Cutaneous epithelioid angiomatous nodule (CEAN) is a rare vascular proliferation that develops on the trunk and extremities. The lesion arises over weeks to months and affects both sexes without age predilection. Histologically, CEAN is characterized by a circumscribed proliferation of epithelioid endothelial cells in the superficial dermis with a background of lymphocytes, plasma cells and eosinophils. The epithelioid cells are positive for CD31, CD34 and/or D2-40. We report a case of CEAN that had remained stable for more than 30 years on the chest wall of a woman with a history of breast cancer. The lesional cells were epithelioid in appearance and positive for estrogen receptor (ER), raising suspicion for breast carcinoma. However, the cells were positive for CD31, CD34, D2-40 and EMA (epithelial membrane antigen); they were negative for cytokeratins, carcinoembryonic antigen (CEA), CD1a, gross cystic disease fluid protein (GCDFP-15), S-100, a melanocytic cocktail, HHV-8 and progesterone receptor. The histologic and immunohistochemical features, including a low proliferation index (10% by Ki-67), helped to distinguish this lesion from carcinoma and other vascular lesions. This is the most comprehensive immunohistochemical profile reported for CEAN to date and the first time that ER expression has been described.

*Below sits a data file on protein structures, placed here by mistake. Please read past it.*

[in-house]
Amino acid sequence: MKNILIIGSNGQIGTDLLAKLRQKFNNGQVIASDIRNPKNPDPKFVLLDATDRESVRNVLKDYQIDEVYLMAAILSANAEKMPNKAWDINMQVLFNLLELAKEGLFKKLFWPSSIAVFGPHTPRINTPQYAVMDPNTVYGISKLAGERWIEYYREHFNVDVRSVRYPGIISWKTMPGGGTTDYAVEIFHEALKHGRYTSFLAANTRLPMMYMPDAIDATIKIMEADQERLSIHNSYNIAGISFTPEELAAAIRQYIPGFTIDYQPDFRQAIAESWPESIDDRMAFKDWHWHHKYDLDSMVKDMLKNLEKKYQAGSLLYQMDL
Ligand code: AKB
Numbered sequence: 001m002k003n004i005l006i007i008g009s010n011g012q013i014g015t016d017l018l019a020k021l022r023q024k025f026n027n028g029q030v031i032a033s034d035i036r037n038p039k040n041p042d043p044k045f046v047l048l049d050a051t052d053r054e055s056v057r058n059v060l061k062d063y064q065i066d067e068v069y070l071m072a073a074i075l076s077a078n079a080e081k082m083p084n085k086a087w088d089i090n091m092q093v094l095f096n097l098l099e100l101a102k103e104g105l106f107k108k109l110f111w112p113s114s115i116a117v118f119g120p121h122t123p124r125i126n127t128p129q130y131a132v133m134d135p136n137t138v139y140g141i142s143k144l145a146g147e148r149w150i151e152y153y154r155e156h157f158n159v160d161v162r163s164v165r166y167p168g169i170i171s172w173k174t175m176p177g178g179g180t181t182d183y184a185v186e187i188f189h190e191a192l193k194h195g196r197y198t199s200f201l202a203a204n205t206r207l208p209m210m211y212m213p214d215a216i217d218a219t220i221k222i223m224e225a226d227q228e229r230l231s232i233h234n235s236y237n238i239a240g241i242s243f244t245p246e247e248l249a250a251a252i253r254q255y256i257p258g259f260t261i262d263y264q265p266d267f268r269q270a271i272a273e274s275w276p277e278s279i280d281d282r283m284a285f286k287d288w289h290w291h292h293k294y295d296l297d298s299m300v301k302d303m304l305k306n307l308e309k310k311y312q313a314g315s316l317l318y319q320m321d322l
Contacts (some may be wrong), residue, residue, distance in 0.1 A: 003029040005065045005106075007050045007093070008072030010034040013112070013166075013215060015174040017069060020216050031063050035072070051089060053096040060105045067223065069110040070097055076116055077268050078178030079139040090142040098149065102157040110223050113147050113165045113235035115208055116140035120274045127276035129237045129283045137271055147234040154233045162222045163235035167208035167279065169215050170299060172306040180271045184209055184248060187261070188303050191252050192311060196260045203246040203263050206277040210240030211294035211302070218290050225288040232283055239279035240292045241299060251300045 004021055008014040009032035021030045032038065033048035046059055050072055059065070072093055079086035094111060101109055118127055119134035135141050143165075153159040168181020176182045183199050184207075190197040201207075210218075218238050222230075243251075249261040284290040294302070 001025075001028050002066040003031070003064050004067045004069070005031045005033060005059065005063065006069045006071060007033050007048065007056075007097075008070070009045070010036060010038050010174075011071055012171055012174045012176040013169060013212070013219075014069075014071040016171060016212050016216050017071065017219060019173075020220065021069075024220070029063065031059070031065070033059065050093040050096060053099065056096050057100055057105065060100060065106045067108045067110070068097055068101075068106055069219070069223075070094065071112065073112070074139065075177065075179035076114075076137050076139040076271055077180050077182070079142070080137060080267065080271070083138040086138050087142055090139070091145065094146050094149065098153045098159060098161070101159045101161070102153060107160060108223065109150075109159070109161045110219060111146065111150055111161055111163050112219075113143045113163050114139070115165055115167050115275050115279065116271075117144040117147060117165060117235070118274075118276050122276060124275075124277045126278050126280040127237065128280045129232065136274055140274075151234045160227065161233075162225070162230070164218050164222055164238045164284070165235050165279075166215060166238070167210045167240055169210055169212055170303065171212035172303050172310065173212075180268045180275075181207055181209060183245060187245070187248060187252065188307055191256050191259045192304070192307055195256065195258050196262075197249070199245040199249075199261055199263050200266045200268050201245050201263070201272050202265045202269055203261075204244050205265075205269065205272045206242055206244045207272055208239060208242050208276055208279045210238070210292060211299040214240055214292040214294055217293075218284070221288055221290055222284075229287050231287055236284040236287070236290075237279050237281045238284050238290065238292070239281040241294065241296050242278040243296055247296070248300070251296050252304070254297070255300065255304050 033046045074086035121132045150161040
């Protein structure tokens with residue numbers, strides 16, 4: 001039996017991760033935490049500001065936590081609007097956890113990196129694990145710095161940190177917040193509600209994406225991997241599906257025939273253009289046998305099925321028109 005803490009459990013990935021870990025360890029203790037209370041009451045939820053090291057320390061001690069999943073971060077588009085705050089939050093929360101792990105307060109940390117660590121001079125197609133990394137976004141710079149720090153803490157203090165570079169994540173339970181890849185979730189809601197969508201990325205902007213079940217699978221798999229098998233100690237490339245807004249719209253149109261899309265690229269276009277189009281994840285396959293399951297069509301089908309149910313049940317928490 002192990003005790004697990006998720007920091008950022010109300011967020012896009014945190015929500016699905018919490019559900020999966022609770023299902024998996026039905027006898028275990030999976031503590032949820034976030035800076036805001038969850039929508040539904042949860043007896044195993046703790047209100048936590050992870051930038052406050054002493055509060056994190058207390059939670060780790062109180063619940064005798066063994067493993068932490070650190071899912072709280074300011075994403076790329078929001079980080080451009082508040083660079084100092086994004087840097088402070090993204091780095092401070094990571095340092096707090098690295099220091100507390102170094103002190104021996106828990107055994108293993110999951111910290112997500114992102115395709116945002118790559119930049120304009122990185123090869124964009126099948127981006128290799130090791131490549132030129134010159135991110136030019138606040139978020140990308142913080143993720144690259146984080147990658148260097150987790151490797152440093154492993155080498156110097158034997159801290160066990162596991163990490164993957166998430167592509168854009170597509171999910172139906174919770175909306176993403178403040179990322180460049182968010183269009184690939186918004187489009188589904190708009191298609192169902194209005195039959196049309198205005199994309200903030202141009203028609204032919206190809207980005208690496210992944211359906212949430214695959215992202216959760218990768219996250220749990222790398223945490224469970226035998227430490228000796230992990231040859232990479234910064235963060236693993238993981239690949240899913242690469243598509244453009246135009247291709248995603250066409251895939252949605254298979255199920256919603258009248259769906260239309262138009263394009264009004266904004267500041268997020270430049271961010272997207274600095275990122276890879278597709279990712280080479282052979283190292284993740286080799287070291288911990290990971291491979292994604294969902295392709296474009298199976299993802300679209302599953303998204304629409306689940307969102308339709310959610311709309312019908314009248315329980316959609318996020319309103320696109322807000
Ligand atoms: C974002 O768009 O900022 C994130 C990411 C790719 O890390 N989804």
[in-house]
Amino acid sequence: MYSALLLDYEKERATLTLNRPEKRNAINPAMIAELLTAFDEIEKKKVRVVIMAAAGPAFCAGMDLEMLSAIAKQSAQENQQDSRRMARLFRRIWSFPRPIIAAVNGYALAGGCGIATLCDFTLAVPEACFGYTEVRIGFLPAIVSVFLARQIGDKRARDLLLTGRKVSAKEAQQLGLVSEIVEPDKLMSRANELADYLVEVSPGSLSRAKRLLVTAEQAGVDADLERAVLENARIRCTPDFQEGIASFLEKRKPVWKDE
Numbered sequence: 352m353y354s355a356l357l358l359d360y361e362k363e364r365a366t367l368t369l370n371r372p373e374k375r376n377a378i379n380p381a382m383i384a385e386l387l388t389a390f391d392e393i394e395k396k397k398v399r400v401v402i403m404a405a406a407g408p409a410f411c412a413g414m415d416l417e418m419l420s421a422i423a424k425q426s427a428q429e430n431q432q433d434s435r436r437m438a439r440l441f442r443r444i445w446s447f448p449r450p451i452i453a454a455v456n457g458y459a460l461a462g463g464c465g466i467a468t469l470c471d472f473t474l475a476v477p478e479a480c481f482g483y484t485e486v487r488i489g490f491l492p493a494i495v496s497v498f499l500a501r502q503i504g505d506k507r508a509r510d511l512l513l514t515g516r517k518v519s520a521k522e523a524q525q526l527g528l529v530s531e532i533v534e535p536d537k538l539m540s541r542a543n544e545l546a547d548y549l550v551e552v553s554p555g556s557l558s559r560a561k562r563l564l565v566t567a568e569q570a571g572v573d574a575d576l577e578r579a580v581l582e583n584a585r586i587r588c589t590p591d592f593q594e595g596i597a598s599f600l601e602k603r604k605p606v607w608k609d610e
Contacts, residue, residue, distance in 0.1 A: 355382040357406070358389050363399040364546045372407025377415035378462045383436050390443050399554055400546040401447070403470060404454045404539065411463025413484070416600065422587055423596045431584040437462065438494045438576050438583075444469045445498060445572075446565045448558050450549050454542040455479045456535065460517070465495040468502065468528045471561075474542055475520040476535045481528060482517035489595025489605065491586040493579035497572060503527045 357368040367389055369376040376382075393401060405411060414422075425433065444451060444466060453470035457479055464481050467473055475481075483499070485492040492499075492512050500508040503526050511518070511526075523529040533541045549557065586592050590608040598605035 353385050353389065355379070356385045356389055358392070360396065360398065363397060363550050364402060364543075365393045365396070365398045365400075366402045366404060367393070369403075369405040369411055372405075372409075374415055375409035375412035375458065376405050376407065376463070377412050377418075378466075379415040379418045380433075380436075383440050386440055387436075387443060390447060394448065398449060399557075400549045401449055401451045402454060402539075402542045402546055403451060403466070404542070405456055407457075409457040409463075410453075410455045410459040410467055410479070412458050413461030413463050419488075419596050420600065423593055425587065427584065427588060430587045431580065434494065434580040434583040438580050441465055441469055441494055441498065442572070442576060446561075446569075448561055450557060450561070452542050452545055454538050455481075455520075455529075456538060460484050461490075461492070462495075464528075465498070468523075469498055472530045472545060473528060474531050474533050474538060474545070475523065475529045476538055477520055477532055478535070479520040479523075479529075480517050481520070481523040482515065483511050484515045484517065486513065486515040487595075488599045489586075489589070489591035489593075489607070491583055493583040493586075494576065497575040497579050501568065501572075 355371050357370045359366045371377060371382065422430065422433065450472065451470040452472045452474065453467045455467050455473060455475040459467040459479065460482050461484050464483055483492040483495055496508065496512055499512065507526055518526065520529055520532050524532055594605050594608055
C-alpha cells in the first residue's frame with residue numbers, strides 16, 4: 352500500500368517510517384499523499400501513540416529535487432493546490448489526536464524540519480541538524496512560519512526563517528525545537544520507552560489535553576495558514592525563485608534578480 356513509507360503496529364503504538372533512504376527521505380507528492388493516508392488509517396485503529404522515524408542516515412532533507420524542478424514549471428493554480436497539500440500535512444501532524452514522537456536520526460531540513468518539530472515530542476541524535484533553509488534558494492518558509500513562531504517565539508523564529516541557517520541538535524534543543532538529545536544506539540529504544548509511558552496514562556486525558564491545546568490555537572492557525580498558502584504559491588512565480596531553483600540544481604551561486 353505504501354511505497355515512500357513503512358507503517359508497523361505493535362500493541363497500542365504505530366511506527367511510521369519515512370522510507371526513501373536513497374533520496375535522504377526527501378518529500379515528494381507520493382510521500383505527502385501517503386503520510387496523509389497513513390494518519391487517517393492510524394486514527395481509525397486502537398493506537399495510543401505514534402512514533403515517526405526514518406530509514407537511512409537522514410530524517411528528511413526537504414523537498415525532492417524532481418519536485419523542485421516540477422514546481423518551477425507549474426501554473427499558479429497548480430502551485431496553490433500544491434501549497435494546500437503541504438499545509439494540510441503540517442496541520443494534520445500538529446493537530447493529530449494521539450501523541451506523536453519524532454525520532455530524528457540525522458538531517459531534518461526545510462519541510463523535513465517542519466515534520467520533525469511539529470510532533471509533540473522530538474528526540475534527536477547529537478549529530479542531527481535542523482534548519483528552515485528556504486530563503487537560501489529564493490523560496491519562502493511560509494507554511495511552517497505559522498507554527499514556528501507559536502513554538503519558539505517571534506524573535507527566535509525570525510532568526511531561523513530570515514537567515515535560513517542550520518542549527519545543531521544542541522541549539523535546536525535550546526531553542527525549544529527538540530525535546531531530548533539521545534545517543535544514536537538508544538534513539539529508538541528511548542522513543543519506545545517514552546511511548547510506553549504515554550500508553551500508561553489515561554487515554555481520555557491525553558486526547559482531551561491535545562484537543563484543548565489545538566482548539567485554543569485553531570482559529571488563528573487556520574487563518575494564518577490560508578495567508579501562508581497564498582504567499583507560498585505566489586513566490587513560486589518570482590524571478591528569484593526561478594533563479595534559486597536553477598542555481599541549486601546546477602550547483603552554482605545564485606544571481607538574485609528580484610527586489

- cutaneous epithelioid angiomatous nodule (CEAN)
- estrogen receptor protein
- hormone receptors
ASJC Scopus subject areas
- Pathology and Forensic Medicine